Businesswomen must stick together to maintain their place in the corporate world, said participants and organizers of Friday’s 13th Annual Women in Leadership Conference at the Stephen M. Ross School of Business.
The conference was organized by the Michigan Business Women’s Student Club to bring together female business leaders, students and prospective students to share their experiences in leadership positions.
Business School officials said they have been impressed with the growth in the variety of professional women who attend the conference and the positions these women hold within their companies.
This year, speakers and panelists included women in a variety of positions – from self-employed businesswomen to consultants and corporate executives in manufacturing, retail and finance.
The conference provided a forum to, “celebrate success and talk about how to get there,” said conference co-chair Mindee Elam, a second-year MBA student.
Reaching top leadership positions in major corporations has become easier for women in recent years, conference organizers and speakers agreed.
“We are long past the day when women were told that they didn’t have a place at the table,” said Mitzi Short, keynote speaker and vice president of Multicultural Marketing and Strategic Initiatives for Pepsi.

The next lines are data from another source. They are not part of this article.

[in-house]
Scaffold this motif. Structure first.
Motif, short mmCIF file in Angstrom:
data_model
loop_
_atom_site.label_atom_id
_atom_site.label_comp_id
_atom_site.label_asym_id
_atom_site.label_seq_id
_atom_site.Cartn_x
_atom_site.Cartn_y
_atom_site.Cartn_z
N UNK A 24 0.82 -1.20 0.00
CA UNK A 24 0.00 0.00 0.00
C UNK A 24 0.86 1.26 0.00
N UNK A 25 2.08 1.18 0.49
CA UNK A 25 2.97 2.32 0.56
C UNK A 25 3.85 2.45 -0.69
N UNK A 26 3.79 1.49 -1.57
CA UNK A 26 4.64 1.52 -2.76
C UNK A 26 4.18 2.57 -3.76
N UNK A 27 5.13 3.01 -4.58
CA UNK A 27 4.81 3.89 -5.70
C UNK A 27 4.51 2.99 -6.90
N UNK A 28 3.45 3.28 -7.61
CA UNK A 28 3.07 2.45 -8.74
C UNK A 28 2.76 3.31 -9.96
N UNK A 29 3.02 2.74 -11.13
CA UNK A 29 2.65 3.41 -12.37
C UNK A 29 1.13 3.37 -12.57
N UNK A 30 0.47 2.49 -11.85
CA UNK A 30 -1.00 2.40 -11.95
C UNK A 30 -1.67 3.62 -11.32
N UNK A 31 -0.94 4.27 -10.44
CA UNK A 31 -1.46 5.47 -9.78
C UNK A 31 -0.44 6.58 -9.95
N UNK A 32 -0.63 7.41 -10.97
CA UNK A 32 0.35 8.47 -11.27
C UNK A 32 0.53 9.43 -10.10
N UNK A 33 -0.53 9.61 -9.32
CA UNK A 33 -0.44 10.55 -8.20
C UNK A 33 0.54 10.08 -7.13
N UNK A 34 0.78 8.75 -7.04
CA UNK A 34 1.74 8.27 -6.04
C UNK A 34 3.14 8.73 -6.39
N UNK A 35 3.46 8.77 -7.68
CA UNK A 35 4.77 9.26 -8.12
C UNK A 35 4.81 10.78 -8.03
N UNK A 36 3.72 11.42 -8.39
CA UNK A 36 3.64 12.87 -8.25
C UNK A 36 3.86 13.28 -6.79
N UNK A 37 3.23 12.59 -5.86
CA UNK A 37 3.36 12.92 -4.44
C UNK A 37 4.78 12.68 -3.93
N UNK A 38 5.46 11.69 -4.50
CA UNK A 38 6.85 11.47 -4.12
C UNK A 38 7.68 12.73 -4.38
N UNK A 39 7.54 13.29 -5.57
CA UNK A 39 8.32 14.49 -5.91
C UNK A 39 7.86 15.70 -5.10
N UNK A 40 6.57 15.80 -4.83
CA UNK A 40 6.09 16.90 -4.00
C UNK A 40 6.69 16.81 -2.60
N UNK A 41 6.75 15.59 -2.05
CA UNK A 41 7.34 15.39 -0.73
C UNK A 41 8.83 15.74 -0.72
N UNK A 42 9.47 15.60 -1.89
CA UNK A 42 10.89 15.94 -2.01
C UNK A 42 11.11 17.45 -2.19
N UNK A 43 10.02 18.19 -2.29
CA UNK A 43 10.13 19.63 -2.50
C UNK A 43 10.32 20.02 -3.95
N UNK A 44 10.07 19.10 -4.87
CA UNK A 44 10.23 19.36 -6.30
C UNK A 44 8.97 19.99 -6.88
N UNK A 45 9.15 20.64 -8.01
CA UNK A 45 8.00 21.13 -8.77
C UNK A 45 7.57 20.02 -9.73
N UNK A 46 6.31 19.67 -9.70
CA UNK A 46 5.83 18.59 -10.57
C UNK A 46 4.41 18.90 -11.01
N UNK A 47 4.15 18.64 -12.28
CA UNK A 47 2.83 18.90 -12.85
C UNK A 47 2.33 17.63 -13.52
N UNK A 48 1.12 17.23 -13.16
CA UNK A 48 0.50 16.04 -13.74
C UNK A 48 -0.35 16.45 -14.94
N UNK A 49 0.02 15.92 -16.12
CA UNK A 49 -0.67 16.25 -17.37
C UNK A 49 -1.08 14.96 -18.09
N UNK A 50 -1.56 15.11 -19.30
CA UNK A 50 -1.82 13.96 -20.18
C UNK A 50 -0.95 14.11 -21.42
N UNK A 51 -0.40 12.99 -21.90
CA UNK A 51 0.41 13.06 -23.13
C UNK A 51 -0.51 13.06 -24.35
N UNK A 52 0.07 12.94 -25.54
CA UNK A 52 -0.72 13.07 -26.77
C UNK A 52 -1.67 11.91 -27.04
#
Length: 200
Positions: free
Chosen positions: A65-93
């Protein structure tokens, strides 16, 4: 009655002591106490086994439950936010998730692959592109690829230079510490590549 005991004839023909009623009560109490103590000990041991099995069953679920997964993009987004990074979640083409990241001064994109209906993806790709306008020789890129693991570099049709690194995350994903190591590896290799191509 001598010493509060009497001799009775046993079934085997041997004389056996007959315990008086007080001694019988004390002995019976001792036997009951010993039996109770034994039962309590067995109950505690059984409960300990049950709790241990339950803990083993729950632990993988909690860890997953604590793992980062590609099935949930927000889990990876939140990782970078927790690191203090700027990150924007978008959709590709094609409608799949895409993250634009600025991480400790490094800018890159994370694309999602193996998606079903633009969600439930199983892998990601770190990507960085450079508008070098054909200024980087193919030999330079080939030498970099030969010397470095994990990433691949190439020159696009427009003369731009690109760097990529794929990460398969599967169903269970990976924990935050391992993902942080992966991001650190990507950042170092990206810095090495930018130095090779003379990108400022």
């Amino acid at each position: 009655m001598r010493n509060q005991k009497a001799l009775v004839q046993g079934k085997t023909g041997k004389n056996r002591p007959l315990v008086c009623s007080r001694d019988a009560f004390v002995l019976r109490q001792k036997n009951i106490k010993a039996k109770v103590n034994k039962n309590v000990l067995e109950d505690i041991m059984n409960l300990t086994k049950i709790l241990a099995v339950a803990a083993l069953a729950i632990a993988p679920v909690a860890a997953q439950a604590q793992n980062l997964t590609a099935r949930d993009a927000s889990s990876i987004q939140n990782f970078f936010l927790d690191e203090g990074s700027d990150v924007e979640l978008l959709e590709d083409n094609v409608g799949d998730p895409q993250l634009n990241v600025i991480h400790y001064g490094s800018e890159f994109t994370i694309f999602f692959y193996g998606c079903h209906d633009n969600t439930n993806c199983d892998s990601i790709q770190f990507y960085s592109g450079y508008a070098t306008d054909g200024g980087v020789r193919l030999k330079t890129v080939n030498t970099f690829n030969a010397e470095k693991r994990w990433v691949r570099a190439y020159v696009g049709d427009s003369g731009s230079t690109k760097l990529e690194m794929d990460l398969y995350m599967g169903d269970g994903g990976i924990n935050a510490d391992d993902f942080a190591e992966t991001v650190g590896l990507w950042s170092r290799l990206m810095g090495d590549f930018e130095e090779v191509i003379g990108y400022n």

During her keynote address, Short cautioned that past gains could be lost if women do not support each other and become involved in corporate policymaking.
But while the conference reflected this optimism, a recent report demonstrated that there was much room for improvement.
The C200 Business Leadership Index, a statistical study compiled by the Committee of 200 that examines differential influence in business based on gender, reported that women’s relative power in the business world increased only incrementally over the past four years, and decreased from last year. The report called for increased action by influential business leaders to reverse this trend. At the current rate of progress, women will not achieve equality in the business sector until 2018, according to the study.
Women lag far behind men not only in terms of salary, but also in the number of female-owned and led businesses, the number of female executives in Fortune 500 companies and the number of female MBA students at the top 20 business schools in the country, the study found.
For women, one of the most difficult aspects of advancing in the business world is achieving a balance between work and home, Elam said.
Meeting accomplished businesswomen helped students confront potential difficulties they may face after graduation, said second-year MBA student and conference Marketing Chair Rebecca Loveland. Hearing about the experiences of professional women allows students to “face the world with eyes wide open,” she said.
As women become more prevalent in business, it is important for them to have female role models, Elam said. The conference provided networking opportunities for students and professionals and interactive panels on topics such as entrepreneurship, the costs and rewards of leadership and defining personal and professional goals.
For Gloria Morillo, a prospective MBA student, the conference provided her a first taste of the executive world from a female perspective.
“It was really exciting sitting in a room full of women in suits,” Morillo said, adding that the conference reaffirmed her decision to pursue a business degree.